But when he related the account of the July Northern “Revenge Coup”, the only thing he said happened was that Ironsi and Fajuyi was killed and Gowon took over. The same man who described FOUR officers as “many” refused to say anything about the hundreds of Southern (mainly) Igbo officers and men sought out and brutally killed by Northern soldiers in the Revenge Coup and the most horrible pogrom that followed which also executed against countless civilain alongside soldiers. No wonder they removed History from the School Curruculm, so that they can feed people with crude lies and half truths. That is how they are going to enforce “One Nigeria” – with all these lies and slanting of the truth by people that expect to be respected. Bury your head in shame, Yakubu Mohammed. What a pity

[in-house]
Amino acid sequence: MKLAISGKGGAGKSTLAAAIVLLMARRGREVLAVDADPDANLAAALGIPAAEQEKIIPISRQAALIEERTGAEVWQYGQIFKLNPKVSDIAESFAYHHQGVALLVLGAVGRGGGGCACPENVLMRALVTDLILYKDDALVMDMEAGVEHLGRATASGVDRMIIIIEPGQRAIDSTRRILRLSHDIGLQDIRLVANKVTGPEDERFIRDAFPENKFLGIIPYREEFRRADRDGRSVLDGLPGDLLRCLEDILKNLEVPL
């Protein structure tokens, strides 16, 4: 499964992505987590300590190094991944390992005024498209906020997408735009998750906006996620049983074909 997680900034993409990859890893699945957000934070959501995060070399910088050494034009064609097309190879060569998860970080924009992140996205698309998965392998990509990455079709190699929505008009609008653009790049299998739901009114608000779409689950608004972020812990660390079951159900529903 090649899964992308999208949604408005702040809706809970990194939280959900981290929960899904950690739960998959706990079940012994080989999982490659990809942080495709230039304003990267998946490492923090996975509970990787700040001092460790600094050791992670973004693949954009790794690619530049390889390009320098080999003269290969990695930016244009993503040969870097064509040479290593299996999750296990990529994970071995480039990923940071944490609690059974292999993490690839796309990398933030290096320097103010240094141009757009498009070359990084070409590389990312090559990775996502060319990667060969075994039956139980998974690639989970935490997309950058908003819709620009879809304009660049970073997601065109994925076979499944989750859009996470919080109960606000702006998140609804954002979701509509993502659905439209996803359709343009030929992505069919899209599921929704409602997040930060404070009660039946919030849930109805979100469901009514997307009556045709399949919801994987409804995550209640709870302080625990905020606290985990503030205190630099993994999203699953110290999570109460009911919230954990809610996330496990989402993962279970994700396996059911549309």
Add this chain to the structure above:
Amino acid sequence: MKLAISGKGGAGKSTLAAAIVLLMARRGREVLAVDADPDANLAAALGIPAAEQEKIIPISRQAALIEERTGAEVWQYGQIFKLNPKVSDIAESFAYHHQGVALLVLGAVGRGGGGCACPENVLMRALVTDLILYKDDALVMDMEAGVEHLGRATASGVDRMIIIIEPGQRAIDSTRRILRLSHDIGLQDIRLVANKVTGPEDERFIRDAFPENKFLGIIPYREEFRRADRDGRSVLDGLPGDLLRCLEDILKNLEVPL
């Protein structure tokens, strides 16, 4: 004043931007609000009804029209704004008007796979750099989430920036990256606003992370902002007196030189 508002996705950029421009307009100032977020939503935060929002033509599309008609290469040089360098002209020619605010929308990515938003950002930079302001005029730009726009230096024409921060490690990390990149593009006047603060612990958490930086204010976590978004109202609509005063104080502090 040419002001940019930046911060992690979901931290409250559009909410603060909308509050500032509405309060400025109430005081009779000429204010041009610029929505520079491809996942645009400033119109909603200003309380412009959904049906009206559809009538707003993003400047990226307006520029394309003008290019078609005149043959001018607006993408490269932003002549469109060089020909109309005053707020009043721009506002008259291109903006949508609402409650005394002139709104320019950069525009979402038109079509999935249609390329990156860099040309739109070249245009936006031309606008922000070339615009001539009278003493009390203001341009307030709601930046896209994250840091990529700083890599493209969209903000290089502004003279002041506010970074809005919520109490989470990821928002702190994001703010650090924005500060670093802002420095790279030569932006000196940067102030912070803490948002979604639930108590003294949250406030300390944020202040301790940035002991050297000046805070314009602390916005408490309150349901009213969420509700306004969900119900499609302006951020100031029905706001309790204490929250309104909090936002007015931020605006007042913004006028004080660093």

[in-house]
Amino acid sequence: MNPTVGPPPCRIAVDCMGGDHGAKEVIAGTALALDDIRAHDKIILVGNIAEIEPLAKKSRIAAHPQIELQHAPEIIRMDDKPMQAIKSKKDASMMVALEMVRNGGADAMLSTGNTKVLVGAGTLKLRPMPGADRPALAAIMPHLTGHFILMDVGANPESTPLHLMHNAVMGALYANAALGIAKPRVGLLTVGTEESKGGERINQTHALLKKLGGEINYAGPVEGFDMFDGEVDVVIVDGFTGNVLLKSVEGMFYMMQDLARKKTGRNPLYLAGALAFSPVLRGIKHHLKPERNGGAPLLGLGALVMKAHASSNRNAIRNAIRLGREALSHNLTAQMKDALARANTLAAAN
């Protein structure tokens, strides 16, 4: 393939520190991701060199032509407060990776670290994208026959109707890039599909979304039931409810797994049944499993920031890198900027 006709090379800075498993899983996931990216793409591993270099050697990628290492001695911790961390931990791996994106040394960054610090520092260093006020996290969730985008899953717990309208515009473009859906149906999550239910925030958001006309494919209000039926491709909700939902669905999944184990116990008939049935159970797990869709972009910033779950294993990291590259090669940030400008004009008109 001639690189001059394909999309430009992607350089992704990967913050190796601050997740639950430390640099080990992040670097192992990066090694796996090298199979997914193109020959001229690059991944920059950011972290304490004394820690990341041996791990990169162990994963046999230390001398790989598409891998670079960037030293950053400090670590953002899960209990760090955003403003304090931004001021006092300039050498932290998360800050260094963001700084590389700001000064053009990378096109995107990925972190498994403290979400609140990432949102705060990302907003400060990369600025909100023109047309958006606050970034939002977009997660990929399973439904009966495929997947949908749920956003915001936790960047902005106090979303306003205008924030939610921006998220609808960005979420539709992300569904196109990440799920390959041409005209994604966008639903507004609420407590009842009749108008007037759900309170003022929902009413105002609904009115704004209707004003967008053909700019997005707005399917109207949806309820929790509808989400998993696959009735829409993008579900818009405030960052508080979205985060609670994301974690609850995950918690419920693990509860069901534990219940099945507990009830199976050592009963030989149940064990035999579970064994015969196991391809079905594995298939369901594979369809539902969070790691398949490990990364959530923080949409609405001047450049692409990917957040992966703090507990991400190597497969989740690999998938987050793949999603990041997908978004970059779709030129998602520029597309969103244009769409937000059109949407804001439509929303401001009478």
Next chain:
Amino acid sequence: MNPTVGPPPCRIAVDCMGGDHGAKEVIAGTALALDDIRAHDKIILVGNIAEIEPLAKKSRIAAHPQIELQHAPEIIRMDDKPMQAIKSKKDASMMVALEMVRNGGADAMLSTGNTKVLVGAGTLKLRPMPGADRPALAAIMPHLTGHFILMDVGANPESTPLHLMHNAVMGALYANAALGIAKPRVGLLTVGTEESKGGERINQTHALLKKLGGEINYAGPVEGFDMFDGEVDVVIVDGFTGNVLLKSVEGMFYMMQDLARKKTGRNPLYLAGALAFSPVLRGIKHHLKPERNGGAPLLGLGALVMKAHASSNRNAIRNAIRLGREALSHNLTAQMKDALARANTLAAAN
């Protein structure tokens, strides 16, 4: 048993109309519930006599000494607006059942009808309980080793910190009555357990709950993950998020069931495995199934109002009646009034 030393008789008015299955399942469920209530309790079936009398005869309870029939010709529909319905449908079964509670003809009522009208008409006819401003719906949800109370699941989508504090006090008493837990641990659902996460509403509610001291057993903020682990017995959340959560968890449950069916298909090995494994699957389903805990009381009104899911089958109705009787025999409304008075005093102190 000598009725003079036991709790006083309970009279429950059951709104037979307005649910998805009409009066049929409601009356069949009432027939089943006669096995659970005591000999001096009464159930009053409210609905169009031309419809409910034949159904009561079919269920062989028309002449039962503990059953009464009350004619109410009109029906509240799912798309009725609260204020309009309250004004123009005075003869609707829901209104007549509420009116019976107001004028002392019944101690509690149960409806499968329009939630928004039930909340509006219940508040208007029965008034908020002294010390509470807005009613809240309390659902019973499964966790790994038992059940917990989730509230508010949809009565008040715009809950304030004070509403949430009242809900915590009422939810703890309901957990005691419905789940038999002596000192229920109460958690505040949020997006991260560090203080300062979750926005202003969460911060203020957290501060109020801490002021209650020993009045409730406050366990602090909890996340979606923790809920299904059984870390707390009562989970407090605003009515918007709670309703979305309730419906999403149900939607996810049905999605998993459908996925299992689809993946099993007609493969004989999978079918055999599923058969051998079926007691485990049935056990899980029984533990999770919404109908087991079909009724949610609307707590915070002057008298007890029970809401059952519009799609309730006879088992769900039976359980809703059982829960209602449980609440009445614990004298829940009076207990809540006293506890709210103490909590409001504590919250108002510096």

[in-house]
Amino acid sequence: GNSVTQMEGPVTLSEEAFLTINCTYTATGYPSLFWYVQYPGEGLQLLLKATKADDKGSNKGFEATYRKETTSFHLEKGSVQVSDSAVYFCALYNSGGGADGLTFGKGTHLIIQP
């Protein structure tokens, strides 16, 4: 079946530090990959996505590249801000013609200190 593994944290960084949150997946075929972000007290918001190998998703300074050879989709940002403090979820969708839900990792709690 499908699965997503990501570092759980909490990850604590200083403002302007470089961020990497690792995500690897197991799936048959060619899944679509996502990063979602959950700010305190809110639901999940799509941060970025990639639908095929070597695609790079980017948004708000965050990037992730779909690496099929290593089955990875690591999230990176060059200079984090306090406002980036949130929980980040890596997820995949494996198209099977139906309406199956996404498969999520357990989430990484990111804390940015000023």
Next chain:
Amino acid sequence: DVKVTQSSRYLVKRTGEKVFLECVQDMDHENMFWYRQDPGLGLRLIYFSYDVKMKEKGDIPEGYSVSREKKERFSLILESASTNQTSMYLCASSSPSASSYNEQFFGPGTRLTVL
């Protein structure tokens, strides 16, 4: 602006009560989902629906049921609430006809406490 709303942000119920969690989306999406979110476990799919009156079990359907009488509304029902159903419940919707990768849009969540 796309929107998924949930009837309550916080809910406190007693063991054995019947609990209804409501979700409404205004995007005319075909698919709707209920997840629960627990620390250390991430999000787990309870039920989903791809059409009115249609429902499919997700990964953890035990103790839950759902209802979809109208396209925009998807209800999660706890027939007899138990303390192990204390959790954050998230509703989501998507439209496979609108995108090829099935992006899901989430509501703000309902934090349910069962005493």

• Iskacountryman

      sorry…

    • Basil Ogbanufe

      Excellent.

  • nnanta

    Can this ‘erudite’ scholar mention the names of the officers that carried out the first coup in 1966. It shock those who don’t know that they’re not all Igbos.

    • Iskacountryman

      nyamiri..

      • nnanta

        If you are trying to be insolent, I have nothing but pity for you.

        • Iskacountryman

          why should i insult you?…you are nyamiri…that is a fact…

          • nnanta

            Then you deserve my pity indeed.

          • Iskacountryman

            okay…you be eboe…